The following is the full text of the Explanation on the Draft Enterprise Income Tax Law of the People's Republic of China, delivered by Finance Minister Jin Renqing at the Fifth Session of the Tenth National People's Congress on Thursday:
Explanation on the Draft Enterprise Income Tax Law of The People's Republic of China
(Delivered at the Fifth Session of the Tenth National People's Congress on March 8, 2007)
Jin Renqing Minister of Finance, People's Republic of China
Entrusted by the State Council, I now wish to give you an explanation on the Enterprise Income Tax Law of the People's Republic of China (Draft).
To improve the socialist market economy and to unify the income tax system for all kinds of enterprises as called for at the Third Plenary Session of the Sixteenth Central Committee of the Communist Party of China, the Ministry of Finance, the State Administration of Taxation and the State Council Legislative Affairs Office worked together and drafted the Enterprise Income Tax Law of the People's Republic of China (version for comments) by taking into account the new developments of China's economy and society. In 2004, written comments were sought from the Financial and Economic Affairs Committee of the National People's Congress ( NPC), the Legislative Affairs Committee of the Standing Committee of the NPC, the Budget Affairs Committee of the Standing Committee of the NPC, the people's governments of all provinces, autonomous regions, municipalities directly under the Central Government and municipalities separately listed in the State plan, and relevant departments of the State Council. Roundtable discussions were also convened among relevant ministries, enterprises and experts respectively to seek their comments. In 2006, comments were solicited again from 32 departments and agencies of the Central Government. The parties concerned generally agreed that it was quite necessary to accelerate the reform of the income taxation system for domestic and foreign-funded enterprises (including Chinese-foreign equity joint ventures, Chinese-foreign contractual joint ventures, wholly foreign-funded enterprises and foreign enterprises, the same as below), and enact and enforce a unified enterprise income tax law as soon as possible to create a uniform tax environment for fair competition among all kinds of enterprises. The Enterprise Income Tax Law of the People's Republic of China (Draft) (hereinafter referred to as the Draft) was then prepared with further revision and improvement on the basis of the views from all parties concerned. After being discussed and adopted at an Executive Meeting of the State Council, the Draft was submitted to the Standing Committee of the NPC on September 28, 2006 for deliberation. The Draft was deliberated at the 25th Meeting of the Standing Committee of the 10th NPC. In January this year, the General Office of the Standing Committee of the NPC circulated copies of the Draft to NPC deputies and organized discussions of the Draft. Members of the Standing Committee and NPC deputies generally held that it is the right time to enact a unified enterprise income tax law and that the Draft is basically feasible. At the same time, they put forward some suggestions to revise the Draft. On the basis of views of members of the Standing Committee and relevant special committees of the NPC and those of NPC deputies, the State Council made more revisions to the Draft and submitted it to the NPC for deliberation. I am now making the following explanation on the Draft:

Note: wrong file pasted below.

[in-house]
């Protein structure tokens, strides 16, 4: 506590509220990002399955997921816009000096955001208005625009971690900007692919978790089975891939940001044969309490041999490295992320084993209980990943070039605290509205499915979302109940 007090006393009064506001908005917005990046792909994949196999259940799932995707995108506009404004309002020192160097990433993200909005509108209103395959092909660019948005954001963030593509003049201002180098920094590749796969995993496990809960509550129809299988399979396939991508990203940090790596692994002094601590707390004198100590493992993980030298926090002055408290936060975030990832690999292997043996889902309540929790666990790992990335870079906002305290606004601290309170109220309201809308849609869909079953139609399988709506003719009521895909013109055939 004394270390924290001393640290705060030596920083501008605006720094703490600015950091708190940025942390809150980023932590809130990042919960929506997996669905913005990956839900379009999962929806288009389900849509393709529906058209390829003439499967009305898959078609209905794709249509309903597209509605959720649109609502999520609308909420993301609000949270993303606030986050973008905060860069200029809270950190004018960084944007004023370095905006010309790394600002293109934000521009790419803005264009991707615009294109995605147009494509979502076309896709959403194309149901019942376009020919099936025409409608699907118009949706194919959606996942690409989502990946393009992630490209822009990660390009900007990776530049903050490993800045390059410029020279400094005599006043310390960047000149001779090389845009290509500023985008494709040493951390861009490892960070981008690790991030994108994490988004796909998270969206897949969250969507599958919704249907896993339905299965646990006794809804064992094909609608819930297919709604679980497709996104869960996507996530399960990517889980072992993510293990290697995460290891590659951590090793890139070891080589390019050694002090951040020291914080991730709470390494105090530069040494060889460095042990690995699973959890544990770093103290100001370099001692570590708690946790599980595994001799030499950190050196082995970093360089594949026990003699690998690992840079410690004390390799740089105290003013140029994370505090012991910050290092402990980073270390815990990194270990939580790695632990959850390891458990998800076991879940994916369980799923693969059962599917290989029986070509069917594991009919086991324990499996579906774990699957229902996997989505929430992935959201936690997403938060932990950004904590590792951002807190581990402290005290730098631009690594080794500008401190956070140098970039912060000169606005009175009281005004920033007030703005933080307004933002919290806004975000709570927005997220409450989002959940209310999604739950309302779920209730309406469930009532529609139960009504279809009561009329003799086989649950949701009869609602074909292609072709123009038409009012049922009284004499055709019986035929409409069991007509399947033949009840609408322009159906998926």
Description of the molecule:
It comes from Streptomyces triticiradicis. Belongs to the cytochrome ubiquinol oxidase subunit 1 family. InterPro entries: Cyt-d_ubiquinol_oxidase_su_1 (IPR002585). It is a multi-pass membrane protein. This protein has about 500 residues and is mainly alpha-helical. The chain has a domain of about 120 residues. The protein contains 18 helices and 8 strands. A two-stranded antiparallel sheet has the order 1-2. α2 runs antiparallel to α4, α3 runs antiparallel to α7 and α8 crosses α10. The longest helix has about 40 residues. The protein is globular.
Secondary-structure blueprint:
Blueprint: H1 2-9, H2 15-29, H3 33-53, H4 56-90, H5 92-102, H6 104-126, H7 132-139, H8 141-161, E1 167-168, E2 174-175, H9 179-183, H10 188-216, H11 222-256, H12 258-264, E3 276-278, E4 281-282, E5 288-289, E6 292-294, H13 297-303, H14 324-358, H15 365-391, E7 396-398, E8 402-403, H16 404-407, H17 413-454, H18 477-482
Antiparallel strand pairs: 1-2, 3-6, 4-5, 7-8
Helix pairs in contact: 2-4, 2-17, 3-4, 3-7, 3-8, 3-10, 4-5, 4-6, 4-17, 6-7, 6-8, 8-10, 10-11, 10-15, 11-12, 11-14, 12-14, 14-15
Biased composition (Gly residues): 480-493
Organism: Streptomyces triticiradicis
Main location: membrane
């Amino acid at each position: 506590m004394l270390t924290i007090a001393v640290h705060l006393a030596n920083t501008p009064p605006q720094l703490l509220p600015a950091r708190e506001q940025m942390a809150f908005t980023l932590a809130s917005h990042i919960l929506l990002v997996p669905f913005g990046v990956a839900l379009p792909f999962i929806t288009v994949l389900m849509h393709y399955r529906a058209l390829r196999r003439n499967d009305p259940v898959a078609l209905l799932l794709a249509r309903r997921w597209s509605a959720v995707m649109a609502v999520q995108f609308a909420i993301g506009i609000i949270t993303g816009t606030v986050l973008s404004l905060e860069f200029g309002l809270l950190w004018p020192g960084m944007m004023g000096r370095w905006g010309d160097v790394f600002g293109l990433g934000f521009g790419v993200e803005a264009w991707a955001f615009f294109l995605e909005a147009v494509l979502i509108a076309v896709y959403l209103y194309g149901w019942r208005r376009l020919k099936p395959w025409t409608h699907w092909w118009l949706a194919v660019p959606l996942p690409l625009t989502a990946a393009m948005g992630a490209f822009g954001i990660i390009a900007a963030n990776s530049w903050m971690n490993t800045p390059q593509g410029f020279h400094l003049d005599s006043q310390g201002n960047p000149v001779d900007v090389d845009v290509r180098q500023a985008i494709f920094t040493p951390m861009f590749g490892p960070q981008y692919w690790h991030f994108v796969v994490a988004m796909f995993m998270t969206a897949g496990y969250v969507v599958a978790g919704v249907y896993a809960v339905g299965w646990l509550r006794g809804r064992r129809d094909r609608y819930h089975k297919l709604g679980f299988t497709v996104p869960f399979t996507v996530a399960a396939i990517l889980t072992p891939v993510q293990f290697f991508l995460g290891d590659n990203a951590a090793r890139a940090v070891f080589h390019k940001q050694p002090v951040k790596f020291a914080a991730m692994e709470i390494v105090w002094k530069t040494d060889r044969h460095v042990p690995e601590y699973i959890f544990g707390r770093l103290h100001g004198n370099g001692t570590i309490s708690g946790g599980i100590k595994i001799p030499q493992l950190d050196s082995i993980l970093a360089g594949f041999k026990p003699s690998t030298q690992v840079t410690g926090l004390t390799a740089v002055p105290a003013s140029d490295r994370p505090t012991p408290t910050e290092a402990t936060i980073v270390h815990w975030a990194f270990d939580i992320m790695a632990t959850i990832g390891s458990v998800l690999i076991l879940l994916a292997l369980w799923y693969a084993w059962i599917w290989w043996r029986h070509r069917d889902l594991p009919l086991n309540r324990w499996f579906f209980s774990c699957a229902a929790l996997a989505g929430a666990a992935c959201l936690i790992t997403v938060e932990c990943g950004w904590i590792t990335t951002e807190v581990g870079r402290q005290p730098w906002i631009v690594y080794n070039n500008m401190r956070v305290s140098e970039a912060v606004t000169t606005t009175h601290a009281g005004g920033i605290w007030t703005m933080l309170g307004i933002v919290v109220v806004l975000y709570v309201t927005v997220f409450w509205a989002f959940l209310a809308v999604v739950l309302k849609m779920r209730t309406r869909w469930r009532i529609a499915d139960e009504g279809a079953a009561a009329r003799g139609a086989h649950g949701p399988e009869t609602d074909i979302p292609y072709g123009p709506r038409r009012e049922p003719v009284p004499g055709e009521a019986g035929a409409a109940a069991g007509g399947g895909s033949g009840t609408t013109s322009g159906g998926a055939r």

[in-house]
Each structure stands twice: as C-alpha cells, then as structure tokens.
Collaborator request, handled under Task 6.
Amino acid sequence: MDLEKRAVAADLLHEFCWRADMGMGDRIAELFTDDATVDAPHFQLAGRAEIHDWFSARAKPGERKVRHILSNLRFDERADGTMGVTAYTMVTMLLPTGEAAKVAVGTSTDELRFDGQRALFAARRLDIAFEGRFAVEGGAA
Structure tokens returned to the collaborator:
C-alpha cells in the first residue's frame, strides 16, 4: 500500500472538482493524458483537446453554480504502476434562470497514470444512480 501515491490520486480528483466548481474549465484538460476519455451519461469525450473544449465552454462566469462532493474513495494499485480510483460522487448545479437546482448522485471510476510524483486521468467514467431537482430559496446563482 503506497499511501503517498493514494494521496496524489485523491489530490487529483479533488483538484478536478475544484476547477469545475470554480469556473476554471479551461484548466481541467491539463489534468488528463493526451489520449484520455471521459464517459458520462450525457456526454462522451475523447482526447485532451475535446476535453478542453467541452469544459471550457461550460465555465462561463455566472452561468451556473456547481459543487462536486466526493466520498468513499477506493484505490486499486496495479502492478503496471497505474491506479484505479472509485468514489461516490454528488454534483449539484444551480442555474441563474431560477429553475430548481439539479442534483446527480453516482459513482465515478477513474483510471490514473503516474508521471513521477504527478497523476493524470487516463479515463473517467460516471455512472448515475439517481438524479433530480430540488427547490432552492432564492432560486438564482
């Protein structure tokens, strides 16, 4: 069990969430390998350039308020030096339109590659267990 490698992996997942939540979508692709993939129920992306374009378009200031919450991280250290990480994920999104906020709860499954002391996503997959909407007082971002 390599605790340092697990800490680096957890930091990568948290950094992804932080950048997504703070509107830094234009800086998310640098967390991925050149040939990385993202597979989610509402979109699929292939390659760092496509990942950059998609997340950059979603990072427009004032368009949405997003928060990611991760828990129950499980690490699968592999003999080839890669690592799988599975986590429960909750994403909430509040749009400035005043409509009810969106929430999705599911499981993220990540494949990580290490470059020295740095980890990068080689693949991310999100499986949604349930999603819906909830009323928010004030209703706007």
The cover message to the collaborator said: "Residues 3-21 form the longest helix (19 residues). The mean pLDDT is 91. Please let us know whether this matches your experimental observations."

I. Necessity and timing for this legislation
Domestic and foreign-funded enterprises in China are now governed by different legislations on enterprise income tax. Foreign-funded enterprises are governed by the Income Tax Law of the People's Republic of China for Enterprises with Foreign Investment and Foreign Enterprises (hereinafter referred to as the Tax Law on Foreign-funded Enterprises) adopted at the 4th Session of the 7th NPC in 1991, whereas domestic enterprises are governed by the Provisional Regulations of the People's Republic of China on Enterprise Income Tax (hereinafter referred to as the Tax Law on Domestic Enterprises) promulgated by the State Council in 1993. In order to attract more foreign investment and develop China's economy, a series of tax policies were implemented for foreign- funded enterprises since the adoption of the reform and opening-up policy in China at the end of 1970s, which are different from those for domestic enterprises. Those different tax policies have proved necessary in practice and played an important role in promoting reform and opening-up to the outside world, attracting foreign investment and developing China's economy. By the end of 2006, 594,000 foreign-funded enterprises had been approved nationwide in total and 691.9 billion US dollars of foreign funds used. In 2006, all these foreign-funded enterprises paid 795 billion US dollars in all types of taxes, accounting for 21.12 percent of the total national tax revenue.